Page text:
• Capacitación en una institución aprobada para ocupaciones en demanda, incluyendo la asistencia con la colegiatura y otros costos asociados, como libros de texto  
  • Asistencia con los pagos para los exámenes de licenciatura o clases preparatorias para los exámenes 
  • Colocación en capacitación en el lugar de trabajo o experiencias laborales con empleadores 
  • Entrar a programas de aprendizaje u otras oportunidades para aprender mientras se trabaja 
  • Pagos de apoyo que conducirían al éxito en la capacitación (por ejemplo, vales para gasolina) 
  • Pagos para obtener el equipo o la ropa necesarios para las oportunidades laborales 

Las personas pueden registrarse para el evento virtual en línea y visitar la página de LinkedIn de WorkSource Oregon para esta feria de empleo y otros eventos de contratación con un enfoque en la asitencia médica.

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Programa de igualdad de oportunidades -- ayudas y servicios auxiliares disponibles a pedido y sin costo para personas con discapacidades. Contacto: 971-673-6400. Para las personas sordas o con problemas de audición, llame al 711 Telecommunications Relay Services.

Employment Department and WorkSource Oregon Host Statewide Health Care Virtual Job Fair Oct. 6 - 10/01/21

Oct. 1, 2021 (Salem, OR)-- In response to Oregon’s urgent statewide need to fill health care positions, the Oregon Employment Department and WorkSource Oregon are hosting a statewide virtual job fair ‘Hiring Heroes in Health Care’  from 11:30 a.m. – 1 p.m., Wed., Oct. 6.

With about 15,000 job vacancies in health care across the state, the goal of the job fair is to fill openings in direct health care and other positions that support the health care industry, like food service, facilities and business administration. 

So far, more than 30 employers have signed up to participate in this event, and the job fair is being marketed nationally to recruit out-of-state job seekers to Oregon healthcare open positions. 

WorkSource Oregon helps connect employers and qualified job-seekers interested in the health care field. The Oregon Employment Department is one of WorkSource Oregon’s partner agencies.

WorkSource Oregon and its partners offer an array of programs and services to explore like: 

  • Training at an approved institution for in-demand occupations, including assistance with tuition and other associated costs, such as text books
  • Fee assistance for licensure testing or preparatory classes for testing
  • Placement in on-the-job training or work experiences with employers
  • Entrance in to apprenticeship programs or other earn-and-learn opportunities
  • Supportive payments that would lead to success in training (e.g. gas vouchers) 
  • Paying for necessary equipment or clothing needed for job opportunities

People can register for the virtual event online and visit the WorkSource Oregon LinkedIn page for this job fair and other hiring events with a focus on health care.

 

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Equal Opportunity program — auxiliary aids and services available upon request to individuals with disabilities. Contact: 971-673-6400. For people who are deaf or hard of hearing, call 711 Telecommunications Relay Services.

Oregon Employment Department to Hold Media Briefing - 09/28/21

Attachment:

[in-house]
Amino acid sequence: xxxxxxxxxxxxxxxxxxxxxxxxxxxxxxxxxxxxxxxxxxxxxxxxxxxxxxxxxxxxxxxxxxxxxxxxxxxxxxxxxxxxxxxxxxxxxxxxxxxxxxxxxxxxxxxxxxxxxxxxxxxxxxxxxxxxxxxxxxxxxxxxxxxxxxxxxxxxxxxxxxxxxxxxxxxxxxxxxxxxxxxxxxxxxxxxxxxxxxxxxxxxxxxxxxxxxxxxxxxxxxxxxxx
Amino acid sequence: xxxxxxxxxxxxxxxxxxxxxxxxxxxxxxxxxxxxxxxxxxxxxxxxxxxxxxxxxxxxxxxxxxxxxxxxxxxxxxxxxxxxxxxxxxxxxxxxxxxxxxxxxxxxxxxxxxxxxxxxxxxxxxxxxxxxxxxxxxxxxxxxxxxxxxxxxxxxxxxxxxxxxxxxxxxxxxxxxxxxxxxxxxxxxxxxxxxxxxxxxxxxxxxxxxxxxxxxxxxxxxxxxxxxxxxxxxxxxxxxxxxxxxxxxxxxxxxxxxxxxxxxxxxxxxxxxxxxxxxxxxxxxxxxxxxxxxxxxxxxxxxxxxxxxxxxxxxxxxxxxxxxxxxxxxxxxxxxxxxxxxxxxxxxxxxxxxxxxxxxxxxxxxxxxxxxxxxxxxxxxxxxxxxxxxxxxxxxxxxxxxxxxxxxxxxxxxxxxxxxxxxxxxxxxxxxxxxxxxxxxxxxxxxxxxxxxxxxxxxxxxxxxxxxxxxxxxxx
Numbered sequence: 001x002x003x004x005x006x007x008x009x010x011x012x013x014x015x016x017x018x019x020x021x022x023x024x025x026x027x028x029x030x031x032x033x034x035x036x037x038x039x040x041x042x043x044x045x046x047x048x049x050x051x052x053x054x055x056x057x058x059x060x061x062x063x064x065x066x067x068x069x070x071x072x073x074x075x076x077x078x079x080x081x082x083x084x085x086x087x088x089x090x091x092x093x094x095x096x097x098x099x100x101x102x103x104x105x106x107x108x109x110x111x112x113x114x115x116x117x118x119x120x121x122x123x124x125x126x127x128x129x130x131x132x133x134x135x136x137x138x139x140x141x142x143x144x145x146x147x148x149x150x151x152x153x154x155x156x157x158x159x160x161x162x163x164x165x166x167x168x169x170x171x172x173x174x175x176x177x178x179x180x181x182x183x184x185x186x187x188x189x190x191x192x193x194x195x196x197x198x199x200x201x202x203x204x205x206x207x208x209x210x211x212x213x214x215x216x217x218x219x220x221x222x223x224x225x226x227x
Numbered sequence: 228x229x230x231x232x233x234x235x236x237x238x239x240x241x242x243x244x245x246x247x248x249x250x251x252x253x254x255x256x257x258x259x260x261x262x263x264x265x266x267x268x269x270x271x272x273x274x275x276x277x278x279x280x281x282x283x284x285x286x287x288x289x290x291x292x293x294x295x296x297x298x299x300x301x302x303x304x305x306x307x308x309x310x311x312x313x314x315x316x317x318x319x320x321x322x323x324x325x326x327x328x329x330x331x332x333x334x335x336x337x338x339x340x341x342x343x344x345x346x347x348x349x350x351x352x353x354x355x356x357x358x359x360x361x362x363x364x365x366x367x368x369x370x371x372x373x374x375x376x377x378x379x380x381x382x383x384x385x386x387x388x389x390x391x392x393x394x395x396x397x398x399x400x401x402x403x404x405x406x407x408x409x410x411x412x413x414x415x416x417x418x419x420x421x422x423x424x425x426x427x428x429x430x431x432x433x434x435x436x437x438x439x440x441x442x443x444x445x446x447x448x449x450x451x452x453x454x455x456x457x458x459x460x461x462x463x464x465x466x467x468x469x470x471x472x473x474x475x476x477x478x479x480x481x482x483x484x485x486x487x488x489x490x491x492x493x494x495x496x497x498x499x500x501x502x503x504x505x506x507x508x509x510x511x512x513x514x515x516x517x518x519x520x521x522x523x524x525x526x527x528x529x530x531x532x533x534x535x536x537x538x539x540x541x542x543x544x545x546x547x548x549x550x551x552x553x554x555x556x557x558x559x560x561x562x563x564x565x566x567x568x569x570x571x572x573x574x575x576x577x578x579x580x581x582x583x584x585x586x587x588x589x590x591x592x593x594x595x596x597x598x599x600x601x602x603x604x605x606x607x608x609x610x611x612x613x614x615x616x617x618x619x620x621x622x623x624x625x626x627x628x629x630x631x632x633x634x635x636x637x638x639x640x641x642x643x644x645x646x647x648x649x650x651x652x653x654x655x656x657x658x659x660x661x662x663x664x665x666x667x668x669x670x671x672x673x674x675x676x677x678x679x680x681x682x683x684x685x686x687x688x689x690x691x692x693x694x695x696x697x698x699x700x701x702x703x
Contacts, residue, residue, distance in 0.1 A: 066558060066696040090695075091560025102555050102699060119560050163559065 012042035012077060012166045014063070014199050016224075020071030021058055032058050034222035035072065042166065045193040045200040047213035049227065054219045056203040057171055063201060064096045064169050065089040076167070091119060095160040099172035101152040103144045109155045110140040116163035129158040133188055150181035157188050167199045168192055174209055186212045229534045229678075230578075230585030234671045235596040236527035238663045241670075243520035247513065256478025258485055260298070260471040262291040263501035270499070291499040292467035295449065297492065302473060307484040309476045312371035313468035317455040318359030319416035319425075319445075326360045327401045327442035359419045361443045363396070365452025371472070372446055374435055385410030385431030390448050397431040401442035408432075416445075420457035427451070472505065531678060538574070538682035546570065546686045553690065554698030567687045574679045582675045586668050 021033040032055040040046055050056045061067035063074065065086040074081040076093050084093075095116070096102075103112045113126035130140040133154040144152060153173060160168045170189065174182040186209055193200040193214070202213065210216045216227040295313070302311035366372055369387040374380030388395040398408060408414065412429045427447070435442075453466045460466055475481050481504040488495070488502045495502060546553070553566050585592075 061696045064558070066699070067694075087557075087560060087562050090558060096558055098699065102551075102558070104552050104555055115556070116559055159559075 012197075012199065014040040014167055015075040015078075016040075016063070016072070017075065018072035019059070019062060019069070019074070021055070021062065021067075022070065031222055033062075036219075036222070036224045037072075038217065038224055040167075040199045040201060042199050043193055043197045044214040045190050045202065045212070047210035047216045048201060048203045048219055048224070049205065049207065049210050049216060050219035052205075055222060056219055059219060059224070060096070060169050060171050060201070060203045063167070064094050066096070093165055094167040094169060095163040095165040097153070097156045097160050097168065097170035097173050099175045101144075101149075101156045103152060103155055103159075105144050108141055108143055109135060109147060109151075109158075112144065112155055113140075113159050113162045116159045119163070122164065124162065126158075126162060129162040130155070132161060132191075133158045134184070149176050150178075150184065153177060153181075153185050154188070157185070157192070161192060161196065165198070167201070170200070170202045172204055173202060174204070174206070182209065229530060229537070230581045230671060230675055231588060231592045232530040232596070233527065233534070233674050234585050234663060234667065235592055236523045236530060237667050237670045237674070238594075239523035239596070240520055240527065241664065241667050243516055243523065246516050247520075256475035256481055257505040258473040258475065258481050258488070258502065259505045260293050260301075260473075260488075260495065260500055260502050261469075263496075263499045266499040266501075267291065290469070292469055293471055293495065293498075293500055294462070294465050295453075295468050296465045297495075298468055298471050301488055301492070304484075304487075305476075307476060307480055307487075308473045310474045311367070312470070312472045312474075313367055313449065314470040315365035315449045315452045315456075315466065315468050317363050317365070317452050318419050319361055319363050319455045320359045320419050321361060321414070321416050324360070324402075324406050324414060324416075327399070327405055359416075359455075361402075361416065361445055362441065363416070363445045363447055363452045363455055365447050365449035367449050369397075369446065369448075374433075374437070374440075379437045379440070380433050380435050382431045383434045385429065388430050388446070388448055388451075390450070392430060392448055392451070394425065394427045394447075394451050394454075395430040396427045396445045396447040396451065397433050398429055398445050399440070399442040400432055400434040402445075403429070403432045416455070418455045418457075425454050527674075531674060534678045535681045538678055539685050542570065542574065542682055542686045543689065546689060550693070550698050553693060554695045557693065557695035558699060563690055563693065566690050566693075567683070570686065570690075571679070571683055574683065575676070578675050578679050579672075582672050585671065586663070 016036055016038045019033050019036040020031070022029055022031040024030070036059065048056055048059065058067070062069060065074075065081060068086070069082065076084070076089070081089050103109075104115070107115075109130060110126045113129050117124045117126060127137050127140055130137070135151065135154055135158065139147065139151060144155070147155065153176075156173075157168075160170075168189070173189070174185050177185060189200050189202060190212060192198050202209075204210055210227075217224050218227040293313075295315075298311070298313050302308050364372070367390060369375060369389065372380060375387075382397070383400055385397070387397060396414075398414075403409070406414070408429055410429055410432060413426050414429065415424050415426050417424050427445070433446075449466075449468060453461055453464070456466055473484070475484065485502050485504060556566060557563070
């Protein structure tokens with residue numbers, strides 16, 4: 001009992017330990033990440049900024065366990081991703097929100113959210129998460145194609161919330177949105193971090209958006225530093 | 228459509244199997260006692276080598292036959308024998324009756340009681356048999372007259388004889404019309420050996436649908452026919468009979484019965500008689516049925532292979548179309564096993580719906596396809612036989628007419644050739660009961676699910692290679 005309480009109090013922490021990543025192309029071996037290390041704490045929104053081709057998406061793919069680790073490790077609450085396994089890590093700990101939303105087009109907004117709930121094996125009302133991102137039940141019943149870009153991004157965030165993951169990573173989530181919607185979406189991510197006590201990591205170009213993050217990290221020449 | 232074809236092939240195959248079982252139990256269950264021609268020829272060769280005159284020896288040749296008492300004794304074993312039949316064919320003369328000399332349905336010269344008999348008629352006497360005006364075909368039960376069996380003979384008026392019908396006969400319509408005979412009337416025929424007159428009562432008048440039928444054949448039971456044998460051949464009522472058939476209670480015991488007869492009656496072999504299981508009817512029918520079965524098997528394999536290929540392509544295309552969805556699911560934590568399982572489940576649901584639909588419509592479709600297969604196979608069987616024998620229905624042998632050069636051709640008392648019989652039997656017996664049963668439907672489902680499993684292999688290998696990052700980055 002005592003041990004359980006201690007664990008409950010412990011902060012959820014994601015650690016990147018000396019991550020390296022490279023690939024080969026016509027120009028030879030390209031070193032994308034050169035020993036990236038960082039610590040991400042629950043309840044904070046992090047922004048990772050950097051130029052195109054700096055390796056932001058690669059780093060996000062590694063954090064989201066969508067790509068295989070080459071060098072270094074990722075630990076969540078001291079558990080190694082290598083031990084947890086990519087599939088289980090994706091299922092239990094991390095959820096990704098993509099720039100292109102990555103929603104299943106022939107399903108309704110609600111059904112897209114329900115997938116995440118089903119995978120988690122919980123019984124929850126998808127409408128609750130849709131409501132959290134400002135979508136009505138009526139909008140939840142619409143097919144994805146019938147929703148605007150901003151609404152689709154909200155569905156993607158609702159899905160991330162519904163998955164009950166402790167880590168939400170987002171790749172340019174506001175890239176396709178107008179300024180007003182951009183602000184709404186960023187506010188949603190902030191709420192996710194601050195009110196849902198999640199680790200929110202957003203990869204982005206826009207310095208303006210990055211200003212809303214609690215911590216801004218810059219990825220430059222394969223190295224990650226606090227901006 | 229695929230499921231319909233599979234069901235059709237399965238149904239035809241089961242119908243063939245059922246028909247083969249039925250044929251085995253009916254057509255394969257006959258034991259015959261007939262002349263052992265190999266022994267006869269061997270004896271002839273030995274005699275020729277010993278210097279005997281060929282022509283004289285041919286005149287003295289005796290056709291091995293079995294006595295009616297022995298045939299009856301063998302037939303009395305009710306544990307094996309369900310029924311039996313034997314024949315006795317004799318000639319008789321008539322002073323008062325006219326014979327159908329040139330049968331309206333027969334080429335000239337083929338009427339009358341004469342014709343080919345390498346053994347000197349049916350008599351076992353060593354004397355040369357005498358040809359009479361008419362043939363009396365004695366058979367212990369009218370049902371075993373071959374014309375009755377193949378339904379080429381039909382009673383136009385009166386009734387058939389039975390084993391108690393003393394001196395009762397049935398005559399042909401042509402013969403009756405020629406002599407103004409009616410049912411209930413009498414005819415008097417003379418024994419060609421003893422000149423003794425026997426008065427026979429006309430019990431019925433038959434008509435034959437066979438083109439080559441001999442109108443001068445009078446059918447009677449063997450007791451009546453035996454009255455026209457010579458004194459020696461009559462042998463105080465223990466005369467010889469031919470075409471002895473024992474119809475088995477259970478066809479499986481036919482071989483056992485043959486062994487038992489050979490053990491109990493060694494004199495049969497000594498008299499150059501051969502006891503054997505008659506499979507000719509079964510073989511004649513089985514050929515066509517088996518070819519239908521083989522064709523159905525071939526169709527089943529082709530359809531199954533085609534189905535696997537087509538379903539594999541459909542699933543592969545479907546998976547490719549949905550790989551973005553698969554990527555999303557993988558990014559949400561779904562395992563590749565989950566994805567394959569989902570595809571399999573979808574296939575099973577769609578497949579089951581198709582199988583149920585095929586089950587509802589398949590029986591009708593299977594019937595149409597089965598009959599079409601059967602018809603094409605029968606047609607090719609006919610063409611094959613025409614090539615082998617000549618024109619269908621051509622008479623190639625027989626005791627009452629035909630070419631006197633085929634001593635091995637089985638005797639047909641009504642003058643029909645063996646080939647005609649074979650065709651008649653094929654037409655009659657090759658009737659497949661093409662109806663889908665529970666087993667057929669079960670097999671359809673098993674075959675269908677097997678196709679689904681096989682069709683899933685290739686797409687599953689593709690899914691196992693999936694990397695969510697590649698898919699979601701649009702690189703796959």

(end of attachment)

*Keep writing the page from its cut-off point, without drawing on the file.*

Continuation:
WHO:                David Gerstenfeld, Acting Director, Oregon Employment Department and Gail Krumenauer, State Employment Economist

WHEN:             Wednesday, 1 p.m. PST Sept. 29, 2021.

WHAT:            The Oregon Employment Department is hosting a video-conference media briefing to share updates on economic and workforce-related trends, employment services, unemployment claims processing, claimant resources and more. 

WHERE:            Via Zoom video conference: Members of the media must RSVP by emailing  OED_Communications@oregon.gov by 12 p.m. PT on Wed., Sept. 29. Video conference information will be provided to all reporters who RSVP. RSVPs must indicate if the reporter wants to ask a question of the presenters.

OTHER:             The Oregon Employment Department is updating a claims processing progress data dashboard weekly. Visit this link for weekday updates. After the briefing concludes, a recording of the video conference will be emailed to reporters who RSVP’d. 

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Equal Opportunity program — auxiliary aids and services available upon request to individuals with disabilities. Contact: (503) 983-2366. For people who are deaf or hard of hearing, call 711 Telecommunications Relay Services. 

Sept. 22 Oregon Employment Department Media Statement - 09/22/21

Our next media briefing is scheduled for 1 p.m., Wednesday, Sept. 29. 

Employment

Yesterday, the Employment Department released the jobs numbers and unemployment rates for Oregon’s counties and metropolitan areas in August. 

Oregon’s eight metropolitan areas have collectively regained three out of five (or 62%) of the jobs lost during the pandemic recession. Salem and Albany rank the highest among metropolitan areas. They’ve each regained nine out of 10 jobs lost in spring 2020.

Portland, Eugene and Corvallis are further from a full jobs recovery. Each of these metropolitan areas have regained about two-thirds of the jobs lost during the recession.

Within the Portland metro area, Multnomah County in particular has struggled to recover jobs. Less than half the jobs lost during the recession were regained by August. This is meaningful for Oregon’s overall recovery, as Multnomah has the most jobs of any county in Oregon and also the largest deficit to get back to its February 2020 employment level.

Oregon’s rural areas continue to outpace metro areas in this recovery. Taken together, Oregon’s 23 rural counties have regained three out of four jobs (75%) lost in the COVID recession. Wallowa, Crook, and Harney counties each had more total nonfarm jobs in August than they did before the pandemic recession.

Back to Work Update 

The Employment Department continues to focus on helping people find jobs or new careers and employers find talented workers with our Back To Work Campaign in partnership with WorkSource Oregon.